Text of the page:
The biologic activity of MYC is largely dependent on binding of WDR5 to the MYC MbIIIb motif.

  • Major finding: The biologic activity of MYC is largely dependent on binding of WDR5 to the MYC MbIIIb motif.

  • Concept: Disrupting the MYC–WDR5 interaction broadly reduces MYC chromatin binding and blocks tumor growth.

  • Impact: Small molecules that target the MYC–WDR5 interface may be effective in MYC-dependent cancers.

Binding of MYC to DNA is dependent on its heterodimerization with MAX, but other determinants of MYC localization to target genes likely exist. Because little is known about the function of the central portion of the MYC protein, Thomas and colleagues screened for proteins that bind this region and identified WD repeat domain 5 (WDR5), a component of several chromatin modifying complexes, as a MYC binding partner that specifically interacts with the highly evolutionarily conserved MYC box IIIb (MbIIIb) motif within the MYC central region. Chromatin immunoprecipitation sequencing revealed a significant overlap between MYC and WDR5 binding sites, and mutation of the MbIIIb residues found to interact with WDR5 in a crystal structure prevented MYC binding to approximately 80% of its target sites across the genome, implicating WDR5 as a key cofactor of MYC that is broadly required for its binding to chromatin. Consistent with these findings suggesting that the interaction with WDR5 is required for the biologic activity of MYC, WDR5 binding–deficient MYC mutants were incapable of reprogramming mouse embryonic fibroblasts to induced pluripotent stem cells when expressed with OCT3/4, SOX2, and KLF4 and showed a dramatically reduced capacity to induce tumor growth in vivo compared with wild-type MYC. In addition to identifying WDR5 as a MYC binding partner and a role for the MbIIIb motif as a WDR5 interaction module, these findings suggest that targeting the interaction between MYC and WDR5 may be a tractable and effective strategy to directly block MYC transcriptional activity and suppress MYC-driven tumor growth.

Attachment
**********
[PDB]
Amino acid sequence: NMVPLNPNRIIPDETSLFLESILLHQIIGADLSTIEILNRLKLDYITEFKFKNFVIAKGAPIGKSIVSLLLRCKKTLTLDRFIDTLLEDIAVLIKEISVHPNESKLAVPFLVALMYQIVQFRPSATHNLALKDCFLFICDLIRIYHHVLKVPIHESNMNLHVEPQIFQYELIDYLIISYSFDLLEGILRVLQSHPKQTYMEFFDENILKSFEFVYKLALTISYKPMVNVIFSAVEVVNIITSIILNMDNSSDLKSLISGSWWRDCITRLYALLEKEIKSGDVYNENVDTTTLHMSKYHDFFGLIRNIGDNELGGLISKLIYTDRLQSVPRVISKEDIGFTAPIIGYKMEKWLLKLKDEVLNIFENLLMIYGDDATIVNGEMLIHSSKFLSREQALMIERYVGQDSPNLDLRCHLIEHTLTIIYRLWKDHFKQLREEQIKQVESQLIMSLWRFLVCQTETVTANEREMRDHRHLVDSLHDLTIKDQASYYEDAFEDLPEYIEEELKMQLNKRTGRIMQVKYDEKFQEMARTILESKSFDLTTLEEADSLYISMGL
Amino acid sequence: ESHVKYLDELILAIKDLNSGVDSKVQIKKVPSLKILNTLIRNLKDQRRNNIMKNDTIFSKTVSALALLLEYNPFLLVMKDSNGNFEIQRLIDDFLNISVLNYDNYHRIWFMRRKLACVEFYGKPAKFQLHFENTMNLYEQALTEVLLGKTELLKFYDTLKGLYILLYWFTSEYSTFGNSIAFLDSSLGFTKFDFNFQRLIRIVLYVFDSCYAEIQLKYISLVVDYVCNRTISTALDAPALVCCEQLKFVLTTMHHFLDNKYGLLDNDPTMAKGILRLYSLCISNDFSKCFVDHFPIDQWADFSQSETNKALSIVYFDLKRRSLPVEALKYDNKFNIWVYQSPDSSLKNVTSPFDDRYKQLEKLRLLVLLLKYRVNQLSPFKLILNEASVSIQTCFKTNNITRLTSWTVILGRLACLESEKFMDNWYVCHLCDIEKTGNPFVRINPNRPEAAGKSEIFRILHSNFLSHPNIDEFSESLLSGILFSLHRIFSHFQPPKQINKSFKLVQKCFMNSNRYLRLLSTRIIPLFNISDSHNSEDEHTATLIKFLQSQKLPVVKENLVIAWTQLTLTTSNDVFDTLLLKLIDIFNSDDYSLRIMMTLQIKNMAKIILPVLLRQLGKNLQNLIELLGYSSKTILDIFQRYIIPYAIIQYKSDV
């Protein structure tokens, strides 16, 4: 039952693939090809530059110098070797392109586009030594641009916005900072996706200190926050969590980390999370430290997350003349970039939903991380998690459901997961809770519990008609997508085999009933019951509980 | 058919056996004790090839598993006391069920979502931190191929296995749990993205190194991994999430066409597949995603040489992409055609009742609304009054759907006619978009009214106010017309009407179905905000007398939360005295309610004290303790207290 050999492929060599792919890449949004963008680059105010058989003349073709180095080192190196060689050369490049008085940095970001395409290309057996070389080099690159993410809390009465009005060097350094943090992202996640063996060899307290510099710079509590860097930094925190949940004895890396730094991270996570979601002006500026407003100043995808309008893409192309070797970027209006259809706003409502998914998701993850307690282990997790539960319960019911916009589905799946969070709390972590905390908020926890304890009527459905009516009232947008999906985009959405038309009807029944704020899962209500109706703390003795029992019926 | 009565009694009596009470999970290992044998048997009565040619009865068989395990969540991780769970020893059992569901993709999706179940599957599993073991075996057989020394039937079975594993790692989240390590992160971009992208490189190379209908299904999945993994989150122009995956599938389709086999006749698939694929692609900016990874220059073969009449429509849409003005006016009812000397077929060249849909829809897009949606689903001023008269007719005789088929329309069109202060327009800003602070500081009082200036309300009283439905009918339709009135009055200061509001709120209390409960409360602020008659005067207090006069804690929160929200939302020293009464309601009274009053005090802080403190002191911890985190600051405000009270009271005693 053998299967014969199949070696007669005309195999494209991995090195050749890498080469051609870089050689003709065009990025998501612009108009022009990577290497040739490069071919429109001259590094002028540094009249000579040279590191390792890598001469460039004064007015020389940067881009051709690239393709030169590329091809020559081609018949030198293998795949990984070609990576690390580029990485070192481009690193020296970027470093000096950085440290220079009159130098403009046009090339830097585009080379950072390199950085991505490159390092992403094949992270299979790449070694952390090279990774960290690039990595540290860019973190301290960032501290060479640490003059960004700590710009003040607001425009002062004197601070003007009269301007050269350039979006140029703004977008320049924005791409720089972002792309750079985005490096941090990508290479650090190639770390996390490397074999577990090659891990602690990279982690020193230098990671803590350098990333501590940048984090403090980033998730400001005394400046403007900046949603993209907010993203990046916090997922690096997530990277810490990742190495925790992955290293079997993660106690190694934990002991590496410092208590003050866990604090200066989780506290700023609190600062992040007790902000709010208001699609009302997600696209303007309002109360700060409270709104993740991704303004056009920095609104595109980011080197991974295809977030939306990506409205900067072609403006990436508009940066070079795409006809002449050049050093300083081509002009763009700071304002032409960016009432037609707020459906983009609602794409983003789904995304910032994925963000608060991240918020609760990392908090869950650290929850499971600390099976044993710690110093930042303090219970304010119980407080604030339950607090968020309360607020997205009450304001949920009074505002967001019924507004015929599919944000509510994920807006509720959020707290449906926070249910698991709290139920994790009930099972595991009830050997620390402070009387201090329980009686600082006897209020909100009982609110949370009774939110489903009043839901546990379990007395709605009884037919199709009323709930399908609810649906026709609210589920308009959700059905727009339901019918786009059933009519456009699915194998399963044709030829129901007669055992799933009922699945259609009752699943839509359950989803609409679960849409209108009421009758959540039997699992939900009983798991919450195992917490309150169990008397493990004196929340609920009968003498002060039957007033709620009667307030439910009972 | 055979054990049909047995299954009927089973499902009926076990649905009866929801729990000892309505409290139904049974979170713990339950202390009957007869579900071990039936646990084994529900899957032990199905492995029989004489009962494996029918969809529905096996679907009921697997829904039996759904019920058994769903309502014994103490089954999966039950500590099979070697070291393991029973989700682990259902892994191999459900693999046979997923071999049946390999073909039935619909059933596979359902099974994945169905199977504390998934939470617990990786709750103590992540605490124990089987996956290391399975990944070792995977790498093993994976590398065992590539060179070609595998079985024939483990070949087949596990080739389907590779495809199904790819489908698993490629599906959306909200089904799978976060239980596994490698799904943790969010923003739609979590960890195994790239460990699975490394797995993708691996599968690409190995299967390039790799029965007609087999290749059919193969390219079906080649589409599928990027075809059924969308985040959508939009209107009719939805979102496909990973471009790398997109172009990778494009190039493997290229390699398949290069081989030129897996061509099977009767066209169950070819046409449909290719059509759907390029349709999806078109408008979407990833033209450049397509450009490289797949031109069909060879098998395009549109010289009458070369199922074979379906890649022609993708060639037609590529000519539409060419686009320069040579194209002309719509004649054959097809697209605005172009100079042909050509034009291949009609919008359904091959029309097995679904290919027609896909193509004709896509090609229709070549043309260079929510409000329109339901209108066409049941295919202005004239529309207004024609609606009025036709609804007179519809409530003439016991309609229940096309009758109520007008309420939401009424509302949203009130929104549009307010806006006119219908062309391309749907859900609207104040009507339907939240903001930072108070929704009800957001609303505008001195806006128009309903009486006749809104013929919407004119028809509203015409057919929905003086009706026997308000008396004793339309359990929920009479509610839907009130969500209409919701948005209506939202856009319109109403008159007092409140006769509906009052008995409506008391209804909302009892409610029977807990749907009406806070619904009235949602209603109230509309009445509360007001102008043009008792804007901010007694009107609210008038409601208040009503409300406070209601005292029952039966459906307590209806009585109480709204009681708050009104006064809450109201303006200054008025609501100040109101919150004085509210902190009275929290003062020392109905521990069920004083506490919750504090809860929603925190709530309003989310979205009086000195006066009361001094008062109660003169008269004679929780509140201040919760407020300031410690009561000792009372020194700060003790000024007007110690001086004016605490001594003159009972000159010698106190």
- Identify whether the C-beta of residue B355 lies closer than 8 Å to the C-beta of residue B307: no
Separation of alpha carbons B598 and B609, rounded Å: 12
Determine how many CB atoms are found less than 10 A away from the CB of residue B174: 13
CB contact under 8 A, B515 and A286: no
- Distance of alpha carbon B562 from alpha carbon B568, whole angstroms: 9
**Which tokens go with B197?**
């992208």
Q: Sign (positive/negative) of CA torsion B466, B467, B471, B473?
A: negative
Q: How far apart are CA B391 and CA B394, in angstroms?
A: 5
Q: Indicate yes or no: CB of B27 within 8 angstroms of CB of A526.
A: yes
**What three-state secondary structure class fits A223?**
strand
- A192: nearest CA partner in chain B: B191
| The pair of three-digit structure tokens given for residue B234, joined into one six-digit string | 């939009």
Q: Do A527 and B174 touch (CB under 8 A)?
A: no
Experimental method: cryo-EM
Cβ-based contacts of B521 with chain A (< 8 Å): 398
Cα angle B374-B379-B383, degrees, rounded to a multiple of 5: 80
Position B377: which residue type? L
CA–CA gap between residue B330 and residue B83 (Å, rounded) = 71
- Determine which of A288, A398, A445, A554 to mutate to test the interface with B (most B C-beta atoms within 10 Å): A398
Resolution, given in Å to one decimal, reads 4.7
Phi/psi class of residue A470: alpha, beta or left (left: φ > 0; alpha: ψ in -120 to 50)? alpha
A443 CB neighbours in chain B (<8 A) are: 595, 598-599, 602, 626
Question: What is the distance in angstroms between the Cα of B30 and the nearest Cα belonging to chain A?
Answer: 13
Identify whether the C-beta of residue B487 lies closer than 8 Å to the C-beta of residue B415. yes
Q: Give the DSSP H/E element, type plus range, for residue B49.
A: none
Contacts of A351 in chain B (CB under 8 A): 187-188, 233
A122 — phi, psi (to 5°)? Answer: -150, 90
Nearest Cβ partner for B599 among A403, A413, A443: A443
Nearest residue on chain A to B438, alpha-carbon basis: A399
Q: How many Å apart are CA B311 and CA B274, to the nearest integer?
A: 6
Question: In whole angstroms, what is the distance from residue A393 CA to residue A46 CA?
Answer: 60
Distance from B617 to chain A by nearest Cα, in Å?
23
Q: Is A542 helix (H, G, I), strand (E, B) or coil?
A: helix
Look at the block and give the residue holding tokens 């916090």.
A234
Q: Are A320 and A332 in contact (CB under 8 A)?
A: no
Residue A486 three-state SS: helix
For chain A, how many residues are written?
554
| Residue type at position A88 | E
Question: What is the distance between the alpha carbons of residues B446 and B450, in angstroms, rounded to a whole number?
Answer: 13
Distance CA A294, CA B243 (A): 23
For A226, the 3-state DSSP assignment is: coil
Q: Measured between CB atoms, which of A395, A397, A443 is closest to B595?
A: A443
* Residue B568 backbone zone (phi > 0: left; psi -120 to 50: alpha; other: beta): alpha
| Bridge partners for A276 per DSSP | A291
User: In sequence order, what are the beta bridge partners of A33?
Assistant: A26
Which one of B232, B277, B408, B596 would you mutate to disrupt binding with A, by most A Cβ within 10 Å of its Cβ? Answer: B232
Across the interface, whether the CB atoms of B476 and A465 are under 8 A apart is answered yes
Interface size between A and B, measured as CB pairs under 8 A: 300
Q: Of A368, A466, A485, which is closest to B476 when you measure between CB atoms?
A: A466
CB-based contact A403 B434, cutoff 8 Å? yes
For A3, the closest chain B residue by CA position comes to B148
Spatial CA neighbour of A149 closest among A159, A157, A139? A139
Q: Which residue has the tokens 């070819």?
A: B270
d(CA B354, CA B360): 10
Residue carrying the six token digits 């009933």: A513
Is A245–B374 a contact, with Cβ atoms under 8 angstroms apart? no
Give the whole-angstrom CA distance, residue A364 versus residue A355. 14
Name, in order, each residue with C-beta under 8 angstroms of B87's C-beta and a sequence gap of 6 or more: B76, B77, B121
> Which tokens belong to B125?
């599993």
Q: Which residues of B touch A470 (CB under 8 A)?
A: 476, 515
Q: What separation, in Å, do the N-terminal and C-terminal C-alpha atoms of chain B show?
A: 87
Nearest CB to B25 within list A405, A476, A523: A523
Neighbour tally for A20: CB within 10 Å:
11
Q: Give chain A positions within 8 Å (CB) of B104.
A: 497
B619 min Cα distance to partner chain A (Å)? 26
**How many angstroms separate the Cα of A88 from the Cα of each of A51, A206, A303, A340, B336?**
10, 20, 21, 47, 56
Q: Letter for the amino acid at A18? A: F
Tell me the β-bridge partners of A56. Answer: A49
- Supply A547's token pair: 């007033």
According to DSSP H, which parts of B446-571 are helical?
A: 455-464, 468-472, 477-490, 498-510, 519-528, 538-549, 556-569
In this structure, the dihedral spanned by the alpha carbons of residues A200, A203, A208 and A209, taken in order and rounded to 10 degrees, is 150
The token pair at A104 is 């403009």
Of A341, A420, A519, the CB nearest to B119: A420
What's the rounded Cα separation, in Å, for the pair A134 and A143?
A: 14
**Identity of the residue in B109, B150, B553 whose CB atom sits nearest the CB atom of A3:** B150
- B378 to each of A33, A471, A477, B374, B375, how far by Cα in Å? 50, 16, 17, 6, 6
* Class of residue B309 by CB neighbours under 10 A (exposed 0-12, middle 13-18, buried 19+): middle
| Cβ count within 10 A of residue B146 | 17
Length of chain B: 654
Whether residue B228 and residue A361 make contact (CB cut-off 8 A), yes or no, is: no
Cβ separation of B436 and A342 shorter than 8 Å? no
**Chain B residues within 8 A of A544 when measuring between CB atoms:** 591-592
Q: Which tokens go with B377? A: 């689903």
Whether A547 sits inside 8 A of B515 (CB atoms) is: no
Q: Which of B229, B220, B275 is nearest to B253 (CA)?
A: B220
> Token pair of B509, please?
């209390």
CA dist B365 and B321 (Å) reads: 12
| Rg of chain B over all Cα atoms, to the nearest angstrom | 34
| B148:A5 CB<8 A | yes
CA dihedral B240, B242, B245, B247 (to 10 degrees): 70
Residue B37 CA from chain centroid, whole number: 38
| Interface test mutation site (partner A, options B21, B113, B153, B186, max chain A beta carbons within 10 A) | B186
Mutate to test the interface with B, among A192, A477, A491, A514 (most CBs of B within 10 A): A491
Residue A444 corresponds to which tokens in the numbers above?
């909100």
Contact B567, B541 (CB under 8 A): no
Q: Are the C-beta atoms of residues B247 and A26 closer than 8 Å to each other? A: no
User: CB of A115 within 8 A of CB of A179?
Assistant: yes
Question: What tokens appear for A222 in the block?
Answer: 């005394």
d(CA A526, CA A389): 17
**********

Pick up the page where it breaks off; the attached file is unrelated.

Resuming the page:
Thomas LR, Wang Q, Grieb BC, Phan J, Foshage AM, Sun Q, et al. Interaction with WDR5 promotes target gene recognition and tumorigenesis by MYC. Mol Cell 2015 Mar 26 [Epub ahead of print].

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